1. Can you tell us a little about your background and how you were first affected by/became aware of asylum seekers or displaced peoples?
I was born and raised in Texas, a bit over a day’s drive from the Rio Grande and US’s southern border in what was colloquially known as a “white flight” community. As kids we sold T-shirts to save the rainforest and popcorn to raise money for the school and thought of the Middle East as one big nasty desert full of nasty people, because I was a child when the Towers came down and that’s just the place my small town was back then.
Things have changed. My aunt, who taught English at much more racially diverse schools than any I had ever attended, talks about her Hispanic students – the ones who teased her about bringing “white people food” (chicken and dumplings, mac ‘n cheese, lasagna) to after school debate practices; the ones who still got wide-eyed when she confiscated the notes they passed in class and understood them even though they were written in Spanish; the valedictorian who started her graduation speech with “I came to this country illegally…” My parents started volunteering with the Sierra Club in Big Bend National Park and telling stories about ranchers who left gates, step-overs, and water tanks in their pastures for crossers to use. It seems strange and tangential that these second-hand stories were my first experiences with displaced peoples when so many others have much more compelling stories, but it’s true. Even in the sheltered slice of Americana that I grew up in, the stories of people who risked everything for better lives still filtered in.
2. If you have worked with displaced people, can you tell us about a particular person, event, or interaction that was most memorable?
I have never worked directly with refugees or asylum seekers from another country, but I have worked with the displaced in the form of hurricane evacuees. I was a young teen the summer Katrina and Rita tore across New Orleans and created an American refugee crisis of sorts. My church took in evacuees and I helped my parents with the all-night shift a few times. There were the ones who stayed up all night watching the 24-hour news cycles, scanning the footage and dissecting the maps to see what might be left. There were the ones who slept and woke up screaming. There were the ones who kept a bottle of water in their hands at all times because they had been left on the overpass or had been trapped on their roof or waded through the streets and the filth of that water. Having drinking water in hand was a necessity. A living currency.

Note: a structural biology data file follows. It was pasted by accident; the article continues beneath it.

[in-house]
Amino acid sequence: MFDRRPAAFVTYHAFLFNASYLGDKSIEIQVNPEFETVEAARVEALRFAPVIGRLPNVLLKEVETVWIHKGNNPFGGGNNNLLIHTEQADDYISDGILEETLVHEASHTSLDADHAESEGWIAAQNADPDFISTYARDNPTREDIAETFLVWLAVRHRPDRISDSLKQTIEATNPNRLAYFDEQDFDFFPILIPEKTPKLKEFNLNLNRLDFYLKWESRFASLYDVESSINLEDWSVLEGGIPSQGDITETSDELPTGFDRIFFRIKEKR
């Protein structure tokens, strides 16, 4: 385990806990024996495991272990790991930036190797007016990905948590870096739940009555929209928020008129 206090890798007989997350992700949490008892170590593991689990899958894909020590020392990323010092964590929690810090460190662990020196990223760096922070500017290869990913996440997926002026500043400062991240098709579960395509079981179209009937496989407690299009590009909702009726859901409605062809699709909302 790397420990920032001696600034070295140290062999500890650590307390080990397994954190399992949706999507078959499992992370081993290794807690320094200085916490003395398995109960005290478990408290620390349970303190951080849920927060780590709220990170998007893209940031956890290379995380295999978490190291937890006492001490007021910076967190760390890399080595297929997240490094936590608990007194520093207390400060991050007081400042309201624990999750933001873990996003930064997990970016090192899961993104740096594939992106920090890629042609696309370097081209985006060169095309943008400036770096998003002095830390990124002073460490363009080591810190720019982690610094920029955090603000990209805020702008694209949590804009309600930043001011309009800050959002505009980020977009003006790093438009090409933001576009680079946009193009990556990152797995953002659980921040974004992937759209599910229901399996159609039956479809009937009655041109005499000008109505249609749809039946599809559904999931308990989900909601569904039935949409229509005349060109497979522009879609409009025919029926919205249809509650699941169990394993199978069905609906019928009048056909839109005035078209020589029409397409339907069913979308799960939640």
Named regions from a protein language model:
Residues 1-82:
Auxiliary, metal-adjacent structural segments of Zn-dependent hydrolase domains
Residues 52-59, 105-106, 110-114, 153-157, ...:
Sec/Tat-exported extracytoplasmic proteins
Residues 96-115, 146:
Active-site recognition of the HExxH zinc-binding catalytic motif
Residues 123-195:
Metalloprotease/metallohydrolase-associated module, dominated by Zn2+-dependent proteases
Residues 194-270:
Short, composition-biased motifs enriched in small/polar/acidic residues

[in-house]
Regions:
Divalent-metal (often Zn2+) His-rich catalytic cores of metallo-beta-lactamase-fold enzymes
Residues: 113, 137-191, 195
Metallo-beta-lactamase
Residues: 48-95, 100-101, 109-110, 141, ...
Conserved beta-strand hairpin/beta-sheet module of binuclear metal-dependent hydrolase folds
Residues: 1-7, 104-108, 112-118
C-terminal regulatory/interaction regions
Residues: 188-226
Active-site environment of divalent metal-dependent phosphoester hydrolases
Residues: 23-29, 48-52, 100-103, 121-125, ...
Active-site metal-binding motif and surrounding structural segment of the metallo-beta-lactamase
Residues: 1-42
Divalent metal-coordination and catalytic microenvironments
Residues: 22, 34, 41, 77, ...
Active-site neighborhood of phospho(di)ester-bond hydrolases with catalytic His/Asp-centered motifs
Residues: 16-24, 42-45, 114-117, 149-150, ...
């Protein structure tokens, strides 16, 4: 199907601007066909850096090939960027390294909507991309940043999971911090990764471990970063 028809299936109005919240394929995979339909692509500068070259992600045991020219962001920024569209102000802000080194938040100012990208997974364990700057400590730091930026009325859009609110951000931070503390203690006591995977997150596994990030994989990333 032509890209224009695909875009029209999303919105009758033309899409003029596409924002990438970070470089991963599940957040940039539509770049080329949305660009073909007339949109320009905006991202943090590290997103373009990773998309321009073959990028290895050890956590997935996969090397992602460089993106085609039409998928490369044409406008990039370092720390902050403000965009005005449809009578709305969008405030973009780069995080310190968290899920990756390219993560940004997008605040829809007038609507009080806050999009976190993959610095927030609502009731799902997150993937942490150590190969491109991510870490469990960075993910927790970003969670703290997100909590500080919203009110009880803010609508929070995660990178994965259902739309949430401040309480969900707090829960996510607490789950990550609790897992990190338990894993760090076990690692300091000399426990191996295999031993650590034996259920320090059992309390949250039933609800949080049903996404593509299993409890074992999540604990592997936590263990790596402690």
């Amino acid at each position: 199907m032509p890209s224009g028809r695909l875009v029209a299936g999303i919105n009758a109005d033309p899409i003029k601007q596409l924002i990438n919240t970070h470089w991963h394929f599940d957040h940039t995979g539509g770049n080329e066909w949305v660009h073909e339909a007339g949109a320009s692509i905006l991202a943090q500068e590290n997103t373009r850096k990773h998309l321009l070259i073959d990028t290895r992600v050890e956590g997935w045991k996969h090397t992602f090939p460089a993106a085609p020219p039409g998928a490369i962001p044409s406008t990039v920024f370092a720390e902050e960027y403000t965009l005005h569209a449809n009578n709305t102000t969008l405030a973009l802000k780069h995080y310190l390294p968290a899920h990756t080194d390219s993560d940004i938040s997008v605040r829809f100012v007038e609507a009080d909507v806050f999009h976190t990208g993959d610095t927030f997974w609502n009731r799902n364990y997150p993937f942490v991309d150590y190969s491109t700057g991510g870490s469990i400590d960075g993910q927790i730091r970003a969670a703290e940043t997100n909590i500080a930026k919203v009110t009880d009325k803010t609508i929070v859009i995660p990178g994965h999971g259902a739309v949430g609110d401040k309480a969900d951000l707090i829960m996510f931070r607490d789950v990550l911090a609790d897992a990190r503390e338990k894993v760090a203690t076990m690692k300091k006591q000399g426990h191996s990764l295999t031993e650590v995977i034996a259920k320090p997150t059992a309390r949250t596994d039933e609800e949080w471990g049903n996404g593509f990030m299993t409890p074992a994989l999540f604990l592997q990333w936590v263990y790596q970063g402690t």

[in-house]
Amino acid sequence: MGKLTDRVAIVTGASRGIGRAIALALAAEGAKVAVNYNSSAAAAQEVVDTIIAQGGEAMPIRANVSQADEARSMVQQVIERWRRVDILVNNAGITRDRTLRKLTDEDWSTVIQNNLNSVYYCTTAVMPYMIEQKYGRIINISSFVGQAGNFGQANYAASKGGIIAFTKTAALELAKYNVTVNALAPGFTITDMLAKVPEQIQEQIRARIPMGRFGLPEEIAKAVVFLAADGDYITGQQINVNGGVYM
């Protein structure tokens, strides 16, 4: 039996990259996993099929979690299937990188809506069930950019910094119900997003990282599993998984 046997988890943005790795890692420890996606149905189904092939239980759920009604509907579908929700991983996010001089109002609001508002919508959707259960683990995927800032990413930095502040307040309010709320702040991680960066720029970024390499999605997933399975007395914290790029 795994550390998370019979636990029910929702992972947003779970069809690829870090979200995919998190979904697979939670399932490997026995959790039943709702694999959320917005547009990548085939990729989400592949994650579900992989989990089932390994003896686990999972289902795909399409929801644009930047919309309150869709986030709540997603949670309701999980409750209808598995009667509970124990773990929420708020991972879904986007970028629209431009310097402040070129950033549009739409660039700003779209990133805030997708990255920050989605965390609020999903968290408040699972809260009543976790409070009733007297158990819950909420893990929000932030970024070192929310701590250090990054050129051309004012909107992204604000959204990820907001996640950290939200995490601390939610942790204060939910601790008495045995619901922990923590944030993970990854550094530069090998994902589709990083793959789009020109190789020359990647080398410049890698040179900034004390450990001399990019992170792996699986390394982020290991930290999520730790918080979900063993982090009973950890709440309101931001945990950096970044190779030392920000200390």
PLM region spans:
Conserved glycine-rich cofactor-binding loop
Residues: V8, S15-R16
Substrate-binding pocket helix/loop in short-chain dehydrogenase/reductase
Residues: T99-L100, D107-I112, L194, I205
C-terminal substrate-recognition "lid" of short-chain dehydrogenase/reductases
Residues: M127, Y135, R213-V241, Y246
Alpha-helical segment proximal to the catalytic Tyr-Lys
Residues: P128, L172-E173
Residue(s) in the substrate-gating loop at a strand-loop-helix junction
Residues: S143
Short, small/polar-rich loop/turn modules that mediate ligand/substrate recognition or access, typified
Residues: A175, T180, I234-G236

I have pulled all-nighters working on research and finishing projects. I have burned the midnight oil writing. I have counted the heartbeats in an overnight airport, but those nights being the night watch for families who came with nothing and might have nothing to return to, those were the longest nights of my life.
3. Can you tell us about any current projects you are now working on?
At the moment, my research is pretty all-consuming. I am studying Frankenstein, specifically the international influences Mary Shelley channeled through her text. It’s a fascinating project for a PhD, and I love the work, but it is the kind of work that does not safely tuck away and wait for convenient times. While that is happening, I also have a novel (The Adventures of Dogg Girl and Sidekick) coming out soon from Dreaming Big Publications. By the time We Refugees is published, it should be in print, but that is out of my hands and on the publisher’s timeline. ADG&SK is my attempt at a superhero story, fueled by watching too many movies. I created my own supers and created a college student who stumbles across their secret identities. You can find out more about in at https://jenniferdebie.com/.
4. In many countries, including the US, Australia, and UK there is often a stigma against and negative feeling toward refugees. What do you want people to know about refugees?
It sounds so trite, reading it in black and white: but refugees are people. They are people who escaped terrible, terrible circumstances, who have risked their lives in the hope of having something more. “Negative feelings,” fear, anger, resentment—all of those come from the lizard-brain hiding deep in all of us that dislikes adaptation and fears change. We have to be better than the lizard.
5. How does it make you feel when people in the West characterize asylum-seekers, refugees and immigrants as dangerous, causing them to want to close their borders?
It saddens me. Using a single label for all refugees and closing the borders in response is the easy route, the child slamming a door and saying no, no, no. We have to be better than the easiest, most hurtful solution. I believe people are better than that, I just pray that our institutions will catch up to that hope.
6. What is next for you?
Back to research. I’ve got chapters to write, research to conduct, and a terribly patient adviser who is slowly running out of patience.
7. Are you a descendant of refugees or displaced persons and if so, has that family heritage impacted how you view the current refugee crisis?
My great grandfather arrived in America in 1918, at the end of WWI. He was fleeing a continent absolutely cancerous with conflict, looking for the better life that so many people have been promised on American shores. He arrived without family. To my knowledge, no one traveled with him and there was no one waiting for him when he arrived. He was alone in a country larger than the war-torn continent he came from and he made it. He found work, a wife, a son. A life in a new land that is still big enough to carry the dreams of the world. A century later, I still carry the name of a refugee and that’s something that I should never forget.